Do you need an extra liability policy when having your house painted?

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Most people never consider the need for an extra liability policy when having large projects such as...

Most people never consider the need for an extra liability policy when having large projects such as painting done at their home. However, a lack of sufficient liability insurance can leave you financially exposed if a contractor were to get injured while working there. In this article, you'll learn to look out for danger signs and how to find the right policy for you. And we promise, no fancy legal words!

Laws and licenses for different types of trade work can vary even within the Atlanta metro area. But all homeowners looking to have contractors and skilled tradesmen work in their home need to be aware of the dangers an improperly or under-insured crew can pose. In short, if the contractor and any sub-contractors are not properly insured, they may try to come after you for damages arising from anything that happens to them or their equipment while on your property.

The basics

You should always ask prospective contractors for a copy of their general liability coverage. If they hesitate, move on to someone else. When you get a copy, be sure and look it over carefully and then call the insurance company listed on that form. The insurer or their agent can verify with you over the phone whether the policy is valid and if the stated amounts are correct. Unscrupulous contractors have been known to alter the coverage amounts to make it look like they are carrying more coverage than they are.

In general, you're looking for a policy offering $1 million of general liability coverage for the contractor and any sub-contractors they may employ. Each of those sub-contractors should really have their own coverage, but many of them do not. This raises another issue--that of health insurance for the sub-contractors actually painting your house.

A true story

Painting houses with more than one story can be hazardous. Painters are of course climbing on ladders, standing on scaffolds, or maybe walking on the roof to paint your house. They're carrying paint buckets, ladders, spray guns and brushes, and can be distracted by their work or a conversation with a fellow painter.

In one case, a painter was walking on the gently sloped roof of a sunroom while painting the second-story siding. As he was working, he did not notice how close he was getting to the edge of the sunroom roof and stepped off of it. He fell 12 to 15 feet, bounced off the outside air conditioning unit, and landed on the ground unconscious.

An ambulance was called and while not seriously injured, he did end up in Grady for two days for the various cuts and bruises and general trauma sustained in the fall. Neither he nor the painting contractor that hired him had health insurance coverage, even though they were paying on a workers' compensation policy. If a plaintiff's attorney who specializes in this kind of situation steps in at this point, both the homeowner and the contractor could be sued for either his injuries or his hospital bills. While not common, these types of suits do happen and are a tremendous drain on the homeowner's time and peace-of-mind, even if they rarely result in large monetary awards. If you have liability insurance sufficient for these situations, the insurance company is the one who has to deal with the suit, not the homeowner.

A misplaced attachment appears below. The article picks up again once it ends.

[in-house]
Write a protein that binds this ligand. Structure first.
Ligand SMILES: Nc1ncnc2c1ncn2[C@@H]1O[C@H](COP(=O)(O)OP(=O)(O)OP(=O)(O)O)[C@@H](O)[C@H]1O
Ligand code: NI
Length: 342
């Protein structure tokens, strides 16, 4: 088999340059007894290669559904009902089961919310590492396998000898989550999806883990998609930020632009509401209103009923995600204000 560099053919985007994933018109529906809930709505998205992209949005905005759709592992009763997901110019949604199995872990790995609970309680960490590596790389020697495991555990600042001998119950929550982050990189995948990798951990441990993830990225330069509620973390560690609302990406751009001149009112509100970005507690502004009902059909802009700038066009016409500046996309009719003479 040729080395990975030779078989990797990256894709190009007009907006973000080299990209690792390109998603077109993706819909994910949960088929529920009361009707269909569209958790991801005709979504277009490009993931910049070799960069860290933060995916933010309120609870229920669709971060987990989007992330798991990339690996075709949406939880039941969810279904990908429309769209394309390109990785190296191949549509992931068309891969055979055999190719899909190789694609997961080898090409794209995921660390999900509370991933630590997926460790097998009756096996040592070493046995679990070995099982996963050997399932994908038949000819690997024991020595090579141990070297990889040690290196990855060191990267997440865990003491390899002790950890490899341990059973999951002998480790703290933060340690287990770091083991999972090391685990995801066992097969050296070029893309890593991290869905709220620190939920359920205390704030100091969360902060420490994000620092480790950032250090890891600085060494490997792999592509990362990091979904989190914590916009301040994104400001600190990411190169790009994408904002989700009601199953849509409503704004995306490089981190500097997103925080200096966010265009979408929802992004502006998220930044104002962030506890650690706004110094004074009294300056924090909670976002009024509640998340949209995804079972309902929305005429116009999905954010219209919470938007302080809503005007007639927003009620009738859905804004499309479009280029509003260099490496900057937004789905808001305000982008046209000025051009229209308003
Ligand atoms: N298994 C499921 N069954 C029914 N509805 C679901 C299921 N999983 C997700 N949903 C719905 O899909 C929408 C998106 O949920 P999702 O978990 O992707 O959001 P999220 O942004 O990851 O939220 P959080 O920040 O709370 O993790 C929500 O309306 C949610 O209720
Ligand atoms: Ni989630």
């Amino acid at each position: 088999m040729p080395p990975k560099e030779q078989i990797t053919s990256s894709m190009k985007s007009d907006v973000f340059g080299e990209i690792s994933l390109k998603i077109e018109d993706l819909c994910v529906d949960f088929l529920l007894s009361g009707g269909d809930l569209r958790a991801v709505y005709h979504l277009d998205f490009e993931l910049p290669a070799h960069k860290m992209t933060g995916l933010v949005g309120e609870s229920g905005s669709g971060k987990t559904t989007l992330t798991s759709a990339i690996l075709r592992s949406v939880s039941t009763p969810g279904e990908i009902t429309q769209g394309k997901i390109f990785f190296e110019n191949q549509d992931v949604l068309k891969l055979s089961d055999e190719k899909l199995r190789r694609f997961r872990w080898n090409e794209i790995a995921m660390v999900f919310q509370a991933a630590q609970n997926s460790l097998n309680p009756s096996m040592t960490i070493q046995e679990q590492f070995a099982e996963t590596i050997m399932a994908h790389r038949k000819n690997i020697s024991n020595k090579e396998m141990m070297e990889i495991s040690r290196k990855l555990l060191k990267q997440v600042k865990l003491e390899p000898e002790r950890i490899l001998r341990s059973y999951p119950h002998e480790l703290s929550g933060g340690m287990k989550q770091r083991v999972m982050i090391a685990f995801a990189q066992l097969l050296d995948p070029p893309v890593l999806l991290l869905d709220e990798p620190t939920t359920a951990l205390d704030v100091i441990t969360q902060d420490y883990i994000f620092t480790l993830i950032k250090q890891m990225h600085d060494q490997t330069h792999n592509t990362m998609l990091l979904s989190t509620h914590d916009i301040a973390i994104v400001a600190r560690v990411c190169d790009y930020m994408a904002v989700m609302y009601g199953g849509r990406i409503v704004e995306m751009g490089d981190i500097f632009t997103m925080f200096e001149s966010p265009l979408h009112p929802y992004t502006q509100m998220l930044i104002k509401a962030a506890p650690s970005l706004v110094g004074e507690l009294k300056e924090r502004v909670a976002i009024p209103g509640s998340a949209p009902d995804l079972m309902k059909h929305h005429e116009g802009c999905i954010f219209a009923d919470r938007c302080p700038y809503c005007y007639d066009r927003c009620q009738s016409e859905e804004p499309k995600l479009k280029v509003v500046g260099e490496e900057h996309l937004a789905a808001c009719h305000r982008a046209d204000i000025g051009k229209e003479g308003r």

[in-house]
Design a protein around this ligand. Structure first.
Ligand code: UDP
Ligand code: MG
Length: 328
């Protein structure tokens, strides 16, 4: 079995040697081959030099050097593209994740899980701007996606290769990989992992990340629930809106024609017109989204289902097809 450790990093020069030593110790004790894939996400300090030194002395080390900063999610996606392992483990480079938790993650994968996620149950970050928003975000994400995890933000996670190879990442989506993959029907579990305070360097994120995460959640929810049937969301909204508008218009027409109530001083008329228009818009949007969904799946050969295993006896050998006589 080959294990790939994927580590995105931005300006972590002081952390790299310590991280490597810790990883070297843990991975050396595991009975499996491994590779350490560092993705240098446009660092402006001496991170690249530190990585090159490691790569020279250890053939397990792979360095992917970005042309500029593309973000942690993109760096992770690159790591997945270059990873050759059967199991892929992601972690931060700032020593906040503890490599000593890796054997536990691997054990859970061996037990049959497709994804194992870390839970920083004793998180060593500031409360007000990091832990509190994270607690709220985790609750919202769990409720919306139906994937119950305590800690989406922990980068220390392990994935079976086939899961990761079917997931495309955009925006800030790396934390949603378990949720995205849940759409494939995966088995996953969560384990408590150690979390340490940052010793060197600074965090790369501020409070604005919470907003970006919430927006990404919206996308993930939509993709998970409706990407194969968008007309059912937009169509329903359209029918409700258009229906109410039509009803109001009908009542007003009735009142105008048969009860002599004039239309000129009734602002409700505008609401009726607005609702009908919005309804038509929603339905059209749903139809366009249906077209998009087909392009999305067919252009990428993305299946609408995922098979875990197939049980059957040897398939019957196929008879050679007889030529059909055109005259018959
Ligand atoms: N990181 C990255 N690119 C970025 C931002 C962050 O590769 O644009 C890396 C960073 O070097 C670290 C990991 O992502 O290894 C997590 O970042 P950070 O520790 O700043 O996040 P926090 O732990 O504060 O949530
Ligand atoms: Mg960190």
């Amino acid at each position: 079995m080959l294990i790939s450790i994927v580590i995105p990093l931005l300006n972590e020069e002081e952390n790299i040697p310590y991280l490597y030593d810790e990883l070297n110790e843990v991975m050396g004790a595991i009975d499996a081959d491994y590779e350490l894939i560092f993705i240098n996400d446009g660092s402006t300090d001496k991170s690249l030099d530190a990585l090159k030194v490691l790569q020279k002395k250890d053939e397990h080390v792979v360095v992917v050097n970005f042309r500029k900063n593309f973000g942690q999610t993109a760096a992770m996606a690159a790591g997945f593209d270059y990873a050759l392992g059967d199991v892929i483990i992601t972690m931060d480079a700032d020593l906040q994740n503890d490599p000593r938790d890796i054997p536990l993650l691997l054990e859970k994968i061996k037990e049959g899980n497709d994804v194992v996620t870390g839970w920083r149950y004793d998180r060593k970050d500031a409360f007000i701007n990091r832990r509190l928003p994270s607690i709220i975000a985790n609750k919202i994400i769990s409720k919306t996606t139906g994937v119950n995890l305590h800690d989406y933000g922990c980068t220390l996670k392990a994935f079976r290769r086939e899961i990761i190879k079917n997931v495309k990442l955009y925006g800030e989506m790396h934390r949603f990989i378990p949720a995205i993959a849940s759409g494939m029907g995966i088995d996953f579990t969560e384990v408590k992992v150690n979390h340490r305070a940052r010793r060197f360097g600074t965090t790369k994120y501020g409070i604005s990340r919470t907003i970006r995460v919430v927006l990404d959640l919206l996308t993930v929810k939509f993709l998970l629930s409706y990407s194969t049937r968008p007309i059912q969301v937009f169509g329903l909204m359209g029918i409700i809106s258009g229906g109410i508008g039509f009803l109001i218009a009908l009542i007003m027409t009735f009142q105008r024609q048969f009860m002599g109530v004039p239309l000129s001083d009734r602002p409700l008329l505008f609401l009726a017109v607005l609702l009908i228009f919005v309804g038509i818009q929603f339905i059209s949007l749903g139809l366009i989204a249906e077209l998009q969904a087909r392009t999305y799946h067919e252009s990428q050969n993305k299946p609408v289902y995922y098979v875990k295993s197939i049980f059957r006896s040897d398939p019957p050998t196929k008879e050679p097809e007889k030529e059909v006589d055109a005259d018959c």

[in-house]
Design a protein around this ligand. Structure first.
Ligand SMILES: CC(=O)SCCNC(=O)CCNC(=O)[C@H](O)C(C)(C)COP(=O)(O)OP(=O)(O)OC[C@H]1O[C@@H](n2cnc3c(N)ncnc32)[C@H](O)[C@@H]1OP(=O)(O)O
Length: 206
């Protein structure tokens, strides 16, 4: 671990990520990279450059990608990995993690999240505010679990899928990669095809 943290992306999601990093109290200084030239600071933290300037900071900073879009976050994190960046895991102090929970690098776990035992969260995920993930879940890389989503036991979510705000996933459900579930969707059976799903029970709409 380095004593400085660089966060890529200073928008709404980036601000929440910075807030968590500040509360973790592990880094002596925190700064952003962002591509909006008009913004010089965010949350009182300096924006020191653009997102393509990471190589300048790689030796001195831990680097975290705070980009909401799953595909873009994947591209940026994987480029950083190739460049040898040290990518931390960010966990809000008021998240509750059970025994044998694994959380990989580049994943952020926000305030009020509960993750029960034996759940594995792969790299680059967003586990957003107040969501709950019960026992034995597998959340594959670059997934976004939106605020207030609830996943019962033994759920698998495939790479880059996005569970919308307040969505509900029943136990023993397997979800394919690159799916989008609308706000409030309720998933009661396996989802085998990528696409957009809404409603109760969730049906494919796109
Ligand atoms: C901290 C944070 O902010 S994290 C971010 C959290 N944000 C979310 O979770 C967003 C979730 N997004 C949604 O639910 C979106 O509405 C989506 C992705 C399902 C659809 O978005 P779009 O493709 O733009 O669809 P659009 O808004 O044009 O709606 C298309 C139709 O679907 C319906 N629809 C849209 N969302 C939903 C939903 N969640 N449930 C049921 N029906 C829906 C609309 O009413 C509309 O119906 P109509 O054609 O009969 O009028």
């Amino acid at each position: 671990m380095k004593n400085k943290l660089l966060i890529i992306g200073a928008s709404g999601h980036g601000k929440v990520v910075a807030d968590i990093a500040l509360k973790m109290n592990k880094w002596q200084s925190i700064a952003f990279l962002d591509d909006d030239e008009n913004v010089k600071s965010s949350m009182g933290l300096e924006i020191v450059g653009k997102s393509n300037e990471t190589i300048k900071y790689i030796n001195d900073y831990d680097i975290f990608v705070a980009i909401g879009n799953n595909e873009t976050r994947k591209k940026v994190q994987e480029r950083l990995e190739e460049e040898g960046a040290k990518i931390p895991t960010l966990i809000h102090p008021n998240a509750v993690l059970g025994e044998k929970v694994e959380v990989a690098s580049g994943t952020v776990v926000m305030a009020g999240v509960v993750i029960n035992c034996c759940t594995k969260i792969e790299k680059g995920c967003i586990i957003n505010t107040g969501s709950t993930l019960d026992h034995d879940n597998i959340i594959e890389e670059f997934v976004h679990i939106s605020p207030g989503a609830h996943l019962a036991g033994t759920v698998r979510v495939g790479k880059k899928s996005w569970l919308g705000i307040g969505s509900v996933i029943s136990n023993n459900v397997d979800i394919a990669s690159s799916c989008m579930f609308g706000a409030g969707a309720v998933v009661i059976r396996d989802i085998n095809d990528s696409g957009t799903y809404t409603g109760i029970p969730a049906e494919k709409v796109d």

This worker actually left the hospital without being discharged because his friends came and told him that he would have to pay Grady for the services. It was, of course, several thousands of dollars, and he did not have that kind of money. In addition, he was an undocumented alien. His solution to the problem was to quietly leave the hospital and fly back home to Guatemala while he healed.

Since you can't really expect contractors and those working for them to have all the insurance they should have, protect yourself with one of two kinds of insurance.

An umbrella policy

The simplest and most comprehensive way to protect yourself from this and other situations where you could be sued, is to get what is called an umbrella liability policy. An umbrella policy is in addition to any policies you may already have and acts as a backstop to ensure that your assets and even future income are protected.

Umbrella policies are very inexpensive and usually start with $1 million worth of coverage. They will help protect you from many kinds of accidents that might occur on your property and for which someone might sue you. For instance, do you have lots of children's play equipment that lots of neighborhood kids use? Do you have a trampoline other kids can get on? Do you have any items in your yard or on patios or porches that are dangerous to touch, play with or climb on? An umbrella policy can protect you from a lawsuit if someone gets injured on any of these things.

A project policy

If you're having a really large project done or if your house is extra tall, you might even consider getting a policy that protects you for just that project. You should talk to your current homeowner's insurance agent to see how much coverage you have and to understand how much protection that offers. In addition, if your painting or home improvement project is really going to increase the value of your home, you might need more basic homeowner's coverage just to account for the added value.

Your best bet is to talk with your current insurance agent or the company that holds your homeowner's policy. They can show you all the options and help you find the liability policy that is best for you.

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